As I kissed Gator Wife goodbye this morning when she headed off for her part time job, I told her this was a very sad day for me. She asked why and I explained that she was heading to work in the winter time and I wouldn’t see her again until next spring. I got “that look.”
Of course, if you’re reading this after 7:44 AM Eastern, spring has sprung. The long winter has passed and now we’re in a new season, a season of newness, of growth, of occasional warmth. I used to wonder what the changing of the season would bring. I’ve learned not to think about that because it’s going to be whatever it’s going to be.
We are starting out on an ominous note, however. This beginning is going to be a cold one. Let’s hope it’s not portending a cold future.
The bailout mess just seems to grow and grow and grow. Daily, yea almost hourly, we learn about more corporate abuse of the taxpayers’ money designed to save those businesses from extinction.
I’m not even going to attempt any chronological order to this mess. We all know about the bonuses that AIG paid out that has created a growing anger by both elected officials and the public. Wednesday I asked if there were more potential controversial disclosures around the corner. That was a dumb question. We already knew the answer.
Yesterday we learned through ABC News that Citigroup is planning to build new executive offices for its CEO and his assistants at a cost of $10-million dollars. Citigroup has received $45-billion in bailout money and wants more. Citigroup did yield to government pressure a while ago and gave up buying a $50-million dollar corporate jet. Citigroup says the money is designed to cut costs by consolidating offices.
The Portland newspaper yesterday passed on an Associated Press report that at least 13 firms receiving bailout or recovery (it’s no longer referred to as ‘stimulus’) money owe more than $220-million in back taxes. Two of the companies owe $100-million each. Businesses were supposed to have signed statements that they owed no federal taxes.
Yesterday’s news also reported that Merrill Lynch paid millions in bonuses less than a month before being taken over by Bank of America. Bank of America officials have told federal investigators that they warned Merrill Lynch about potential problems over the bonuses, but because at the time BofA had not yet completed the takeover, they had no control over the spending.
And did I read somewhere that Fannie Mae and Freddie Mac executives were also going to receive bonuses? I can’t find that source right at the moment, but somewhere the back of my mind is pulling out that I have read it. Those are the outfits Rep. Barney Frank is enamored with. Probably I’ll stay politically correct and not go into any more of that here. But if my memory is correct, I’ll bet they don’t suffer any wrath.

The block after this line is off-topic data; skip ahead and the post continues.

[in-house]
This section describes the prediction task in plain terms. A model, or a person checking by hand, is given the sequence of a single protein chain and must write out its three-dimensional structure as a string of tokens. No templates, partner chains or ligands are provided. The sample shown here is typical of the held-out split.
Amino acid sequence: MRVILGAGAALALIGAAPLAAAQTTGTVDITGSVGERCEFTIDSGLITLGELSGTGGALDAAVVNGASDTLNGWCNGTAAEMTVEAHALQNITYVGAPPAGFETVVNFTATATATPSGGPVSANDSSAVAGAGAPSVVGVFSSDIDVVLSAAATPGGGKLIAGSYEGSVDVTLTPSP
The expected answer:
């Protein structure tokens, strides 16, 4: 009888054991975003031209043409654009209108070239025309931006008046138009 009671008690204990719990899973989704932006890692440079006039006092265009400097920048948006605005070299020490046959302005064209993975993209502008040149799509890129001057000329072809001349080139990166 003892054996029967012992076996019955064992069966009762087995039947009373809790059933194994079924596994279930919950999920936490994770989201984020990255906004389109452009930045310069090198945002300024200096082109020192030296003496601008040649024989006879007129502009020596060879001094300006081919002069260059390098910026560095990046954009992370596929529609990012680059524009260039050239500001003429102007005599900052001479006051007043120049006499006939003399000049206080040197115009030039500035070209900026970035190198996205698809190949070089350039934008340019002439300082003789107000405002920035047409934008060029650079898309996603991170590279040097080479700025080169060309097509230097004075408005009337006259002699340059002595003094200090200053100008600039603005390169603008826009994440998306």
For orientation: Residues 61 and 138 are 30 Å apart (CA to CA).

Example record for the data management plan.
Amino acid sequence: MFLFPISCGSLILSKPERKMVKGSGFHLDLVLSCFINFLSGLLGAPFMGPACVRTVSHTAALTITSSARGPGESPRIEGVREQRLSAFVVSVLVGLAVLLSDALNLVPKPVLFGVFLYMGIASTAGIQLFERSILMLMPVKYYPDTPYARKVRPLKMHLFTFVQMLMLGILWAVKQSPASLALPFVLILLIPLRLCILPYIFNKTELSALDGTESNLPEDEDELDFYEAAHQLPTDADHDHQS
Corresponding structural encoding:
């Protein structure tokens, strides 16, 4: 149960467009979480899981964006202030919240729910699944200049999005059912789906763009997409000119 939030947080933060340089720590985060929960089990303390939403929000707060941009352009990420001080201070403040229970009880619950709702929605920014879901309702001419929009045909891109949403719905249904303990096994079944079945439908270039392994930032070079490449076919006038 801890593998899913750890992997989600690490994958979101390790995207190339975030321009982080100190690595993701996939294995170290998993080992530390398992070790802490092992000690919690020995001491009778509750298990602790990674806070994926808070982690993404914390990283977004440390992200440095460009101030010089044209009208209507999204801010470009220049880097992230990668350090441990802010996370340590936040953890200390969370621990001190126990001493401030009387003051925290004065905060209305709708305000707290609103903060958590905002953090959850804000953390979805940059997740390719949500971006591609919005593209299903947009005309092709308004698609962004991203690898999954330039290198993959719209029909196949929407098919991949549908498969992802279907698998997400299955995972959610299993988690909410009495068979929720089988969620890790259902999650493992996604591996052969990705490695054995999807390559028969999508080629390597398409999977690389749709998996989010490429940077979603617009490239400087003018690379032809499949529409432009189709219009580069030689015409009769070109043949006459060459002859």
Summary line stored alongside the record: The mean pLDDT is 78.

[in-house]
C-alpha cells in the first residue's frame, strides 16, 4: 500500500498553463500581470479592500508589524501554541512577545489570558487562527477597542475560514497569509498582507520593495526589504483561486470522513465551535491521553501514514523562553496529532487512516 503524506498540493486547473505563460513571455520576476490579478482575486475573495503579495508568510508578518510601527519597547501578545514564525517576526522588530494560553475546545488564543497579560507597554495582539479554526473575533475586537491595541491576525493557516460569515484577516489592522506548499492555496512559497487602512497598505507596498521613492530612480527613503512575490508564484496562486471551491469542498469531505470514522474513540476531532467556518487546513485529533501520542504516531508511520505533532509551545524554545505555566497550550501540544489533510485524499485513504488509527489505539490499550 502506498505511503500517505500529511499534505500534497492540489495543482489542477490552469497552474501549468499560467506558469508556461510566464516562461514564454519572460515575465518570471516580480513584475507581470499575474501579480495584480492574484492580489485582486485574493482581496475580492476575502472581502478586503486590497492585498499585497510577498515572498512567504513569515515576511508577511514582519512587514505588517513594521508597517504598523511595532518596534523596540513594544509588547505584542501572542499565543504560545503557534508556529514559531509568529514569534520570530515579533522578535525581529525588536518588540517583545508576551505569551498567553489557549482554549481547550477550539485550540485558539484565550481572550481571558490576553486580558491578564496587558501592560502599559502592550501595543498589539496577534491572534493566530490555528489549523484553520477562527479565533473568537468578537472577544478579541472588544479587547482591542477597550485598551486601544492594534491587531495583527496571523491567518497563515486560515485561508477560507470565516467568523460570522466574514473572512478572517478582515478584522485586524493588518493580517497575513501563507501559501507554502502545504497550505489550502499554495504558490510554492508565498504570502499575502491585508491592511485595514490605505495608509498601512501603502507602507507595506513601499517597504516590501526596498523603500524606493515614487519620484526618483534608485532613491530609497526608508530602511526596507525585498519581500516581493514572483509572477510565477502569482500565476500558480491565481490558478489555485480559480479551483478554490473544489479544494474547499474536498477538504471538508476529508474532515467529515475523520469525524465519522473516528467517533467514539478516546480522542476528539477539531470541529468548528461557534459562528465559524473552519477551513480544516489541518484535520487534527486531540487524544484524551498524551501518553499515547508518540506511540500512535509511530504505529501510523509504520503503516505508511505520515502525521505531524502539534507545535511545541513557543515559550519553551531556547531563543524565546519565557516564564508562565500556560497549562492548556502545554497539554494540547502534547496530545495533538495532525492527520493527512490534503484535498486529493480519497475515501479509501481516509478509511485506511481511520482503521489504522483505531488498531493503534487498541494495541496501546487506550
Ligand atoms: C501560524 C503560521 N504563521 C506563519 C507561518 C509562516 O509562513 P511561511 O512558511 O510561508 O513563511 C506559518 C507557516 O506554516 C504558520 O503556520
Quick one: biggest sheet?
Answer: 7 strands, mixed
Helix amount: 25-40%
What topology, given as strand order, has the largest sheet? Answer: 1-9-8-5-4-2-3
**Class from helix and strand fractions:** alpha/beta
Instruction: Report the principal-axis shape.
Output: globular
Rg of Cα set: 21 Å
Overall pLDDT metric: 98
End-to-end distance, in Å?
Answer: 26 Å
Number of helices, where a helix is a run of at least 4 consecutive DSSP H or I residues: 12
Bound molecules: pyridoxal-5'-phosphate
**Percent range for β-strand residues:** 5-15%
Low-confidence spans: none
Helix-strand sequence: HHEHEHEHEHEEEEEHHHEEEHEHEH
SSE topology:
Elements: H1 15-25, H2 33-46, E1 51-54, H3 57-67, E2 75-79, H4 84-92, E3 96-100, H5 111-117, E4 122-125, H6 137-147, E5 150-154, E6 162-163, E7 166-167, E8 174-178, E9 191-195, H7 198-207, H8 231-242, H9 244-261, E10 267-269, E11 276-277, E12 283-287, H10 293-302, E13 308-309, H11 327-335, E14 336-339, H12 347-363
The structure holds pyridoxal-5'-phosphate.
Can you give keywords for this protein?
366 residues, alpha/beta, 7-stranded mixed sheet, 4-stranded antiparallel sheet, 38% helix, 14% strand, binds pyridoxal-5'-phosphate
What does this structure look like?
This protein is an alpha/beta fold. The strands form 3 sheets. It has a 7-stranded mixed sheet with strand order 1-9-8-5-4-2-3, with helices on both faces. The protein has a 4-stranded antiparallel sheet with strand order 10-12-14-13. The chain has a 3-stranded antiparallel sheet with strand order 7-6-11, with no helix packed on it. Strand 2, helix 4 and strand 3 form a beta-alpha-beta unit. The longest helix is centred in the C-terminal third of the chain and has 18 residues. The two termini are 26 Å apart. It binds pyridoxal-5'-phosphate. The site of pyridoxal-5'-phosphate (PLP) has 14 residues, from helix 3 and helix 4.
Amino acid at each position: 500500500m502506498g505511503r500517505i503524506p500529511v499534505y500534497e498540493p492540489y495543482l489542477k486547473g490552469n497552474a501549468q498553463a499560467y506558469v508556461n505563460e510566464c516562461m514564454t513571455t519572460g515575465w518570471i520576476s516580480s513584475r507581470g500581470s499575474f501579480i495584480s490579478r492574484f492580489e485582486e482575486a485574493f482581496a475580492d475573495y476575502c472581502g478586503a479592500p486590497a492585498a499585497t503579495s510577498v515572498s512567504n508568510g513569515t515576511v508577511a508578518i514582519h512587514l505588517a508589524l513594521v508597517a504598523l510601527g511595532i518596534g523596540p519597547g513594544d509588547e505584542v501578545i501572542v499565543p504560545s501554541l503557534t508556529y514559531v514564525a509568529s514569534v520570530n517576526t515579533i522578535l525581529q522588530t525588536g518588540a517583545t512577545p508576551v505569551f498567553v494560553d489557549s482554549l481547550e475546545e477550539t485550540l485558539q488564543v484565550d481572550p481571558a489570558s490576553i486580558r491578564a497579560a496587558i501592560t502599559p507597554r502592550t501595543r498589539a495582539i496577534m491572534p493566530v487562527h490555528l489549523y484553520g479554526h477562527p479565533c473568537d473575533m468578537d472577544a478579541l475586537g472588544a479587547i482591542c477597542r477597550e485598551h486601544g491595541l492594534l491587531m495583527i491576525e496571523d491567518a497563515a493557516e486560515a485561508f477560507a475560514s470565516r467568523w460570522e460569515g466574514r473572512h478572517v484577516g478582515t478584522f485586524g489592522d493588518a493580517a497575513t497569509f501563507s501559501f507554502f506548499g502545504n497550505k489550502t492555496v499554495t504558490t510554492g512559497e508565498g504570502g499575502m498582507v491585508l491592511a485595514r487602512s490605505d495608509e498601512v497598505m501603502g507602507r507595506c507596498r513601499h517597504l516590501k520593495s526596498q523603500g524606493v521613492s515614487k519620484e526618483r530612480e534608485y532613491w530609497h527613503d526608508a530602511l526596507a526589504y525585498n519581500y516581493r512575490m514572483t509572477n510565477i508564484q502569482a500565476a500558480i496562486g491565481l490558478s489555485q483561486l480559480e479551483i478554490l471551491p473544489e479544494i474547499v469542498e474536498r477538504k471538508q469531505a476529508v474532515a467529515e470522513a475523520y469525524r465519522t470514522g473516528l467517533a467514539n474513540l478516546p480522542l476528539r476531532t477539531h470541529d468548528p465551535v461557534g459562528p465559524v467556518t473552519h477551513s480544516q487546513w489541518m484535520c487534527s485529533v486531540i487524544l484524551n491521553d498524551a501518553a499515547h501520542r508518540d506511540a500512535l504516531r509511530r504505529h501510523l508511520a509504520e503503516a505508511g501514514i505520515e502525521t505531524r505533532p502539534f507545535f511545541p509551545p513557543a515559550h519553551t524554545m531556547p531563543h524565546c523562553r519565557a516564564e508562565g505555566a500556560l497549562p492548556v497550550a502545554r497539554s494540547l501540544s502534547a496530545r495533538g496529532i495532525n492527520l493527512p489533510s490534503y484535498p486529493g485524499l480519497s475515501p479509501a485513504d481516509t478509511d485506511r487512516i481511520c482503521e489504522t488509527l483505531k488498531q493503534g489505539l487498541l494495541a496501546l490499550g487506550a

I probably wouldn’t have to look too hard to find many other reported abuses of the funds. Abuse was invited when the government started doling out billions of dollars with relatively no controls. Bailouts and stimulus spending doesn’t tend to work in the first place; but with no oversight the potential for working is diminished even more.
I’ve asked this question before: Just who is responsible for watching over the taxpayers’ money in this colossal mess? I don’t have that answer and apparently neither does the government. Perhaps they simply imported the person in the Maine Department of Health and Human Services who has lost millions of dollars in DHHS accounts without any accountability to show them how it’s done. We have learned that a clause prohibiting the using of the funds for such purposes was taken out of the recovery bill by the Obama administration. Since Sen. Olympia Snowe was a creator of the measure, I wonder why she continued to support the bill.
It also could be a diversion by the Democrats to advance their socialistic programs. After all, if we get angry enough at what businesses are doing with the spending package money, perhaps we’ll learn to hate them enough to go along with giving up Democracy as we know it. After all, you may notice that the Democrats crying the loudest over the mess are the very ones who created it. And they all want to take from the rich to give to the poor. They haven’t figured out where the money will come from when the “rich” no longer exist, except, of course, the members of Congress and top levels of government.
The possibilities are endless. The sadness is, as I think of them this morning, they may be closer to the truth than we realize.
Thankfully, a weekend is arriving and I’ll simply do my regular weekend post about life on the Gator family farm.